a. @xml:id becomes optional attribute @id that is available for all elements
b. @xml:lang becomes optional attribute @languageOfElement and is available for non-empty elements, i.e., the element can contain text directly or via its child elements
c. @xml:base becomes optional attribute @base
- Removed XLink namespace
a. @xlink:actuate, @xlink:arcrole, and @xlink:show were removed
b. @xlink:linkrole, @xlink:linktitle, and @xlink:href become optional attributes under the new names @linkRole, @linkTitle, and @href, respectively
- Newly added attributes borrowed from EAD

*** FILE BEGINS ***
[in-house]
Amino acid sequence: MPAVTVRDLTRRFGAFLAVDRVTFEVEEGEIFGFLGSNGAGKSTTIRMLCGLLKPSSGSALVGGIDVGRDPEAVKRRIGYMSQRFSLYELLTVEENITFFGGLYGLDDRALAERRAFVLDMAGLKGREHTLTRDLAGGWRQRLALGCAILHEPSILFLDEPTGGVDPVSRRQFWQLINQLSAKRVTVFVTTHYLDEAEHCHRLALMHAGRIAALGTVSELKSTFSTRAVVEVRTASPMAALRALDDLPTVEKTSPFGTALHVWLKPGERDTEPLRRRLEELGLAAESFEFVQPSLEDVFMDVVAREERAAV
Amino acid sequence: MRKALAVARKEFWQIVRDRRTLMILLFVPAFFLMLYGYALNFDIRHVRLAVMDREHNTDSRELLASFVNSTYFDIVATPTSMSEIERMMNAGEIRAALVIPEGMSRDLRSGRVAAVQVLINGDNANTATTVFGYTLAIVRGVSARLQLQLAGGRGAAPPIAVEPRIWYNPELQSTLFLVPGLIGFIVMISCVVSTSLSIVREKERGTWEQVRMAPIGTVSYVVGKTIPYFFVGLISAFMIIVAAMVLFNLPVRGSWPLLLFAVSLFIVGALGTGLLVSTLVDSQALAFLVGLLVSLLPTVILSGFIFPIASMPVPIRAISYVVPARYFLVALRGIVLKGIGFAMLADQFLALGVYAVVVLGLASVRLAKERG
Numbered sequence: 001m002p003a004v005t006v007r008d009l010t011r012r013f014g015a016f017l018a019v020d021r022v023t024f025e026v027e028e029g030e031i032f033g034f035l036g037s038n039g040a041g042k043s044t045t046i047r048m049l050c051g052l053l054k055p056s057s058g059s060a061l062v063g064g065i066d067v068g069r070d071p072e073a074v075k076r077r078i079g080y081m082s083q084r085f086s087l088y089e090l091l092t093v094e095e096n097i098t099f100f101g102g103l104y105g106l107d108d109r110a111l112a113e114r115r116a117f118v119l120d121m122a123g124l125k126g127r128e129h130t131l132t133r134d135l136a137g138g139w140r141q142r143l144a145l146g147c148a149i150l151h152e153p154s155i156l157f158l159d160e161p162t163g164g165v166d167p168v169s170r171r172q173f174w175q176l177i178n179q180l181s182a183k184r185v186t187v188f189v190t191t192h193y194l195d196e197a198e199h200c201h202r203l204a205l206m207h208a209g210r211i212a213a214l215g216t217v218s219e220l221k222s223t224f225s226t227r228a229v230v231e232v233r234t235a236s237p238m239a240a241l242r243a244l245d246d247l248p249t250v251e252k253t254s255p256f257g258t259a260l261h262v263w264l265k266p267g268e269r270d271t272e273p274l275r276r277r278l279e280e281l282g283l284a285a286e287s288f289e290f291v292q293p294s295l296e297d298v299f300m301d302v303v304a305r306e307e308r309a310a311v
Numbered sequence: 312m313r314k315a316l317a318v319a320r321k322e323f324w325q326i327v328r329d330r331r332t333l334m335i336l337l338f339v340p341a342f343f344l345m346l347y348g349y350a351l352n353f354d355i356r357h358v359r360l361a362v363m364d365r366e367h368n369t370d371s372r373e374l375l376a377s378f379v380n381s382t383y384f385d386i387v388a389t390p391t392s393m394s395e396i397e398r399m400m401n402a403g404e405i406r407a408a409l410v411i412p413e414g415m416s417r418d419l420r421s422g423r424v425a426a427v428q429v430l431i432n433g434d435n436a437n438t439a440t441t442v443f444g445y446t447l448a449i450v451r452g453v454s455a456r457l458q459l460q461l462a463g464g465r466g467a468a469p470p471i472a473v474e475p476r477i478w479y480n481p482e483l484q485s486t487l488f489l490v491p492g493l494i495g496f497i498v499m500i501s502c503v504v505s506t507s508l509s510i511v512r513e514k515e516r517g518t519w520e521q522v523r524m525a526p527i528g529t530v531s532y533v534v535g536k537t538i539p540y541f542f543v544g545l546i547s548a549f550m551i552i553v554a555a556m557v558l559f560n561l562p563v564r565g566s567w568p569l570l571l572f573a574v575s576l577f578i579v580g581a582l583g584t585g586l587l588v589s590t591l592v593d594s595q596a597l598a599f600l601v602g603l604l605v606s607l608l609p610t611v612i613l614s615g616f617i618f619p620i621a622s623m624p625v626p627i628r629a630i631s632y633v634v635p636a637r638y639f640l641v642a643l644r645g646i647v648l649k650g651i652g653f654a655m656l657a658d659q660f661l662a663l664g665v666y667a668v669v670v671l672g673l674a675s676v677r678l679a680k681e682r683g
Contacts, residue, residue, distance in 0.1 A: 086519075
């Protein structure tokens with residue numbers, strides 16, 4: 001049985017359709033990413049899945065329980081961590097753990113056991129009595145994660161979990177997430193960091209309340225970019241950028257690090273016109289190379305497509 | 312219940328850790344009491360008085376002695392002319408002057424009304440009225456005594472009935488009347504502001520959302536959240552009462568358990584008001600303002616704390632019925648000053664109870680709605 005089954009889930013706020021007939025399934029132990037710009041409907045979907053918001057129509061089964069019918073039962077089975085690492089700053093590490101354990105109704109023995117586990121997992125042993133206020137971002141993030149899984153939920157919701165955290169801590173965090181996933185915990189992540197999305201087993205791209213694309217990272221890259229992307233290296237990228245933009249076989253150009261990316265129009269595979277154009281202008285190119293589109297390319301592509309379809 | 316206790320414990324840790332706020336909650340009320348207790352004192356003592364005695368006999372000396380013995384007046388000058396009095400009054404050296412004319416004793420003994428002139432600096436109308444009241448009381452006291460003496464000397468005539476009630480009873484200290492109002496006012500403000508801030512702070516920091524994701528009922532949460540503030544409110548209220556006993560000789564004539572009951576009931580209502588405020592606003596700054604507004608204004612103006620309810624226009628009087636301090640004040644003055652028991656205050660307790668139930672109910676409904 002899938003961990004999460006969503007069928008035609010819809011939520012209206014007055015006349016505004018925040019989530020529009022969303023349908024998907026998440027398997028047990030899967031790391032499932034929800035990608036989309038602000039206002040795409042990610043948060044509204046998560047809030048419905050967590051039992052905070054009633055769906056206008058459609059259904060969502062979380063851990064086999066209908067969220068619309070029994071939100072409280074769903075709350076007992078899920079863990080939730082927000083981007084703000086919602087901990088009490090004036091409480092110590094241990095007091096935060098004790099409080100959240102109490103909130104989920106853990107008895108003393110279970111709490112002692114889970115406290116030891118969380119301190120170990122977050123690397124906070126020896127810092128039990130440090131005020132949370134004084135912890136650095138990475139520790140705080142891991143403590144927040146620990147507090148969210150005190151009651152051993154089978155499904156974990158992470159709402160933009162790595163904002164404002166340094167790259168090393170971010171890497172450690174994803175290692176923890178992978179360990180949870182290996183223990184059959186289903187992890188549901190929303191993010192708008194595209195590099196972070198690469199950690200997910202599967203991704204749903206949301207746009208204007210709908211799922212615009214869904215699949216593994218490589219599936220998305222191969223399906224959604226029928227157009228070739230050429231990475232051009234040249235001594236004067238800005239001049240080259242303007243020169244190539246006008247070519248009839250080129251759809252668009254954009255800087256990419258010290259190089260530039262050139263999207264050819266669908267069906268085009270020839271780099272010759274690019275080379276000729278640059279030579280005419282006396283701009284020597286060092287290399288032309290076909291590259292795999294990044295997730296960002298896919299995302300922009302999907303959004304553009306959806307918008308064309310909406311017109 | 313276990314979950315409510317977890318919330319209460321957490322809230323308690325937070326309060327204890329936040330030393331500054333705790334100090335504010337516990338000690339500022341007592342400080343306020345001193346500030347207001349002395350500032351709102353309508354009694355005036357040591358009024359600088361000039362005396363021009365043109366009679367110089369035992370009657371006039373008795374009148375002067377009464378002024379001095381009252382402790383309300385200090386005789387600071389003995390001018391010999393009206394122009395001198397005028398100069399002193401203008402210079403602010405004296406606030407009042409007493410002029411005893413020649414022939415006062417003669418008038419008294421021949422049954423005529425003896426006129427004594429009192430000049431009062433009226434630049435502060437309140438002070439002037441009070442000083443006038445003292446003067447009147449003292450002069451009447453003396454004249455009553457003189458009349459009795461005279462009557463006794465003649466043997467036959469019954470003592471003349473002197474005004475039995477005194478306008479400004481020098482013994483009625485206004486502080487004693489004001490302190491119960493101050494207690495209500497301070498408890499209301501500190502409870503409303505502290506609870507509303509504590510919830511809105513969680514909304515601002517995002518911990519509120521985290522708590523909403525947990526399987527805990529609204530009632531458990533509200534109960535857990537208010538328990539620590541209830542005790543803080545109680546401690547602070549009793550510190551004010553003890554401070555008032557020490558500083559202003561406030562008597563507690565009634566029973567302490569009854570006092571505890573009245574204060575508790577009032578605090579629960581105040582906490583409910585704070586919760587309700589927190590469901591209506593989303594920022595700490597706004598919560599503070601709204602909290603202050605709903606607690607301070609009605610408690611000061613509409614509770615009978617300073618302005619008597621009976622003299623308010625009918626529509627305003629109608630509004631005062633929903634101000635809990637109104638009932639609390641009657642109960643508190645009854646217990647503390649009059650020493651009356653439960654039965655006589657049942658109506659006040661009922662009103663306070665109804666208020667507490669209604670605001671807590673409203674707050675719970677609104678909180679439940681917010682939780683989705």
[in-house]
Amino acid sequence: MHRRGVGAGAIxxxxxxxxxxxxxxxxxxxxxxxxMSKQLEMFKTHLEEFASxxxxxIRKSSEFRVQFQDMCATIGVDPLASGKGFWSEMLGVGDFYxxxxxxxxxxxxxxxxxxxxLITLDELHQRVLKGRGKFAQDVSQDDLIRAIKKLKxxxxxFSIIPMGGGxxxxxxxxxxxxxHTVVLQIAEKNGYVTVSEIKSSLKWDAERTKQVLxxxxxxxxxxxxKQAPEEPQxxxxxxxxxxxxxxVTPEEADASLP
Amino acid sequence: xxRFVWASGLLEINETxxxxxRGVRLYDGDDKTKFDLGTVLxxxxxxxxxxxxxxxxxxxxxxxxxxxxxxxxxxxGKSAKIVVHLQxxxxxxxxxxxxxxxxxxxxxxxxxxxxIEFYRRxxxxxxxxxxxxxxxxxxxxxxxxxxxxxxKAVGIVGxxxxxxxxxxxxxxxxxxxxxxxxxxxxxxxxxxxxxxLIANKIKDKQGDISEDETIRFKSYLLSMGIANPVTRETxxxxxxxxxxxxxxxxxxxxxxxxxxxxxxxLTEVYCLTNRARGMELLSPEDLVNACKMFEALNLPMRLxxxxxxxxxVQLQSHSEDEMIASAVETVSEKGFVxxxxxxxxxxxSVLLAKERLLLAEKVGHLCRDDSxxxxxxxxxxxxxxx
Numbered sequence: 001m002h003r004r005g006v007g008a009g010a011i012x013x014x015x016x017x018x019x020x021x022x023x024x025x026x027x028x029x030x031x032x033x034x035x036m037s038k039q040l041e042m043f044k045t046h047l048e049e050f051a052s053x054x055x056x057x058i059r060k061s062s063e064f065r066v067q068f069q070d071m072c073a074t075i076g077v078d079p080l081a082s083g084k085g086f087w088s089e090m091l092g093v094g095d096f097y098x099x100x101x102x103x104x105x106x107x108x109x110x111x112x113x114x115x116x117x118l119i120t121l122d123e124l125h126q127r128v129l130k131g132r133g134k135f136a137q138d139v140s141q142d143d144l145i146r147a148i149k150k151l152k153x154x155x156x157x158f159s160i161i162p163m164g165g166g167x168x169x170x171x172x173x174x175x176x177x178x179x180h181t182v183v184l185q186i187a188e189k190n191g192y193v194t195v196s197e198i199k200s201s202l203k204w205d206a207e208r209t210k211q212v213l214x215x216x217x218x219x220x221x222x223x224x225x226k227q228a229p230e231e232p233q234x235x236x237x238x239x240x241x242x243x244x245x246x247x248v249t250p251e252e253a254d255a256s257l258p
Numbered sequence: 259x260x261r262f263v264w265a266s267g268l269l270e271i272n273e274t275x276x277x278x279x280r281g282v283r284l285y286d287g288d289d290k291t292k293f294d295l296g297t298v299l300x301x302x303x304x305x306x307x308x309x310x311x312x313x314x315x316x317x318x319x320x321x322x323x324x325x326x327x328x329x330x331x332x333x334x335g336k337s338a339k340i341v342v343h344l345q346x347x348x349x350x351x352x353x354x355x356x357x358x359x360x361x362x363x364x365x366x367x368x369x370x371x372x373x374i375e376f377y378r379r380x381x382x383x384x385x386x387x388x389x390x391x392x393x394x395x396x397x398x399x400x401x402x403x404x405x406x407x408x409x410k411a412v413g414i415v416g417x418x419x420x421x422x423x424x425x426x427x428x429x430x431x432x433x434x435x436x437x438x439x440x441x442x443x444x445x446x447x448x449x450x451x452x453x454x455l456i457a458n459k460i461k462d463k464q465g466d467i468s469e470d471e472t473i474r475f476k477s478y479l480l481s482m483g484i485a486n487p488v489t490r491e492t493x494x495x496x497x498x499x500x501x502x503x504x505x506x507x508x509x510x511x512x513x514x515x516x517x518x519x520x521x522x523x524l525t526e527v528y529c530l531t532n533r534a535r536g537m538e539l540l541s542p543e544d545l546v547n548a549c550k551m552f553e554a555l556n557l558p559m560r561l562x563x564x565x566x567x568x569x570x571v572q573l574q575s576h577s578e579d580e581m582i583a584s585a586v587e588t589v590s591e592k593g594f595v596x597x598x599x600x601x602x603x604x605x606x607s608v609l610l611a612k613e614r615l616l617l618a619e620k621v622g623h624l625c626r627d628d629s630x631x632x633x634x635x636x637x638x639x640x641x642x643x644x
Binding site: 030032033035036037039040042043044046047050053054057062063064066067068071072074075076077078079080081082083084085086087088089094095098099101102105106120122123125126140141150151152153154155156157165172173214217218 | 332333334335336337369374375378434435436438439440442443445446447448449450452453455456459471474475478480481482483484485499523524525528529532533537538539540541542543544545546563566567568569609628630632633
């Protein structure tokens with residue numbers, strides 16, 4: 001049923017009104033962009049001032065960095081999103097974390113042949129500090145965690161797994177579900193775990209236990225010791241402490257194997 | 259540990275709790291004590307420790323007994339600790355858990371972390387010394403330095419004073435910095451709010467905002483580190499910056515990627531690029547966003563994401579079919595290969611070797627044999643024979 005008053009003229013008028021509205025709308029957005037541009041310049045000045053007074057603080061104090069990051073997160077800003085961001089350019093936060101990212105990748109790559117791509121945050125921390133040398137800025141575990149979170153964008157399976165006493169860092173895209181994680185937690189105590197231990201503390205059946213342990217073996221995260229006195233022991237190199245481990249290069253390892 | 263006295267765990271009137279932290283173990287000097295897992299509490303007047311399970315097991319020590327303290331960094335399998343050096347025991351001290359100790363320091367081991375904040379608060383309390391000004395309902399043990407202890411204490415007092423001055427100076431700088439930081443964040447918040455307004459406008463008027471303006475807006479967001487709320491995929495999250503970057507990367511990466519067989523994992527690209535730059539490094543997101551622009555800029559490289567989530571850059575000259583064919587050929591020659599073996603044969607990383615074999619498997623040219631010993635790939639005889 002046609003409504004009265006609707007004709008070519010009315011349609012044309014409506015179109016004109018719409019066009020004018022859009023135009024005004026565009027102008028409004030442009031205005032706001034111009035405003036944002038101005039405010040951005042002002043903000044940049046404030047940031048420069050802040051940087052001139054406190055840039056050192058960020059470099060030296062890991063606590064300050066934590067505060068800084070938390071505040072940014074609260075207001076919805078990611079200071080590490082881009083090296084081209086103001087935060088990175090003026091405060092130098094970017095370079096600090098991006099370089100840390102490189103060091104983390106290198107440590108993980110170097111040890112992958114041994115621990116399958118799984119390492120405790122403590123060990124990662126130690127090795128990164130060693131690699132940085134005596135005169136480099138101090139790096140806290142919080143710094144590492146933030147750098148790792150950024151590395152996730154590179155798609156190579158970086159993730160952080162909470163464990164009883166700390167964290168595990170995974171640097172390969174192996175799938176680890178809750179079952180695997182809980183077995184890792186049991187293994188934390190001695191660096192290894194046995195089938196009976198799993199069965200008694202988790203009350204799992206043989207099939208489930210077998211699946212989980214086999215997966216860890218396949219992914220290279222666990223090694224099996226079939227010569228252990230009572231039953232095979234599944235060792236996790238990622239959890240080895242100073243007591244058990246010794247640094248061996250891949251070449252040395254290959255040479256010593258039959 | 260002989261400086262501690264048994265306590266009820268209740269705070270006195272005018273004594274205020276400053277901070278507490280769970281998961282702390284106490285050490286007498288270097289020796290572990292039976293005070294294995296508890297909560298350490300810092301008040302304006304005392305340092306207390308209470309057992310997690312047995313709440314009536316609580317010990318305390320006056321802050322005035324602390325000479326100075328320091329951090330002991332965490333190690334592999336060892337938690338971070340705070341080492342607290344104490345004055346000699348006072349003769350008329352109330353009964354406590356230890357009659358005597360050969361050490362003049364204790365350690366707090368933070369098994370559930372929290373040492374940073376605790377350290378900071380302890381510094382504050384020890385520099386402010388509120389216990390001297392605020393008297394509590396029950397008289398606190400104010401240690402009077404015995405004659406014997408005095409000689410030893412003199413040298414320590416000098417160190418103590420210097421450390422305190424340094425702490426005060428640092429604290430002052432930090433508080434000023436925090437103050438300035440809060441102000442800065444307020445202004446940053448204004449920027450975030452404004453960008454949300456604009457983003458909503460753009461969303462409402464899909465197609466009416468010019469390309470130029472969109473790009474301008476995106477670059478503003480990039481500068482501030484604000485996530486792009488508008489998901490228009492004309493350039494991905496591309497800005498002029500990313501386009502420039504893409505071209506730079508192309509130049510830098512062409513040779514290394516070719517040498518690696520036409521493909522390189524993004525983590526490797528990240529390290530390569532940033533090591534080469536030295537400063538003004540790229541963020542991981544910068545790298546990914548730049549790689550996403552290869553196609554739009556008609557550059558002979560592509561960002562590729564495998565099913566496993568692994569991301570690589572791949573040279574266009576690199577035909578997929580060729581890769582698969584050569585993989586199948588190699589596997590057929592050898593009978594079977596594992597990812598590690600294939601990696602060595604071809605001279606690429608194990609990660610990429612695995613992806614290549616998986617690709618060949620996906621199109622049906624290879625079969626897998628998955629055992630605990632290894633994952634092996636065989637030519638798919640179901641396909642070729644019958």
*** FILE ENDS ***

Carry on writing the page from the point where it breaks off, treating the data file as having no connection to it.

a. @audience as a global optional attribute for all elements with the values: external, internal
b. @calendar, @certainty, and @era as optional attributes for date elements, cf. date encoding
c. @coordinateSystem as a required attribute in
<geographicCoordinates>to enter the code for a system used to express geographic coordinates, cf. place encoding
d. @listType as an optional attribute in
<list>to specify the type of a list with the values: ordered, unordered
e. @unit as an optional attribute in the new element
<citedRange>, cf. assertion description
f. @value as a required attribute in
<entityType>with the values: corporateBody, person, family, cf. identity area
With the goal of simplifying the schema and aligning it with EAD, some encoding concepts were modified.
Linking and referencing
The EAC-CPF schema will now provide possibilities to link internally to any other element within the same EAC-CPF instance and externally to any other online resource.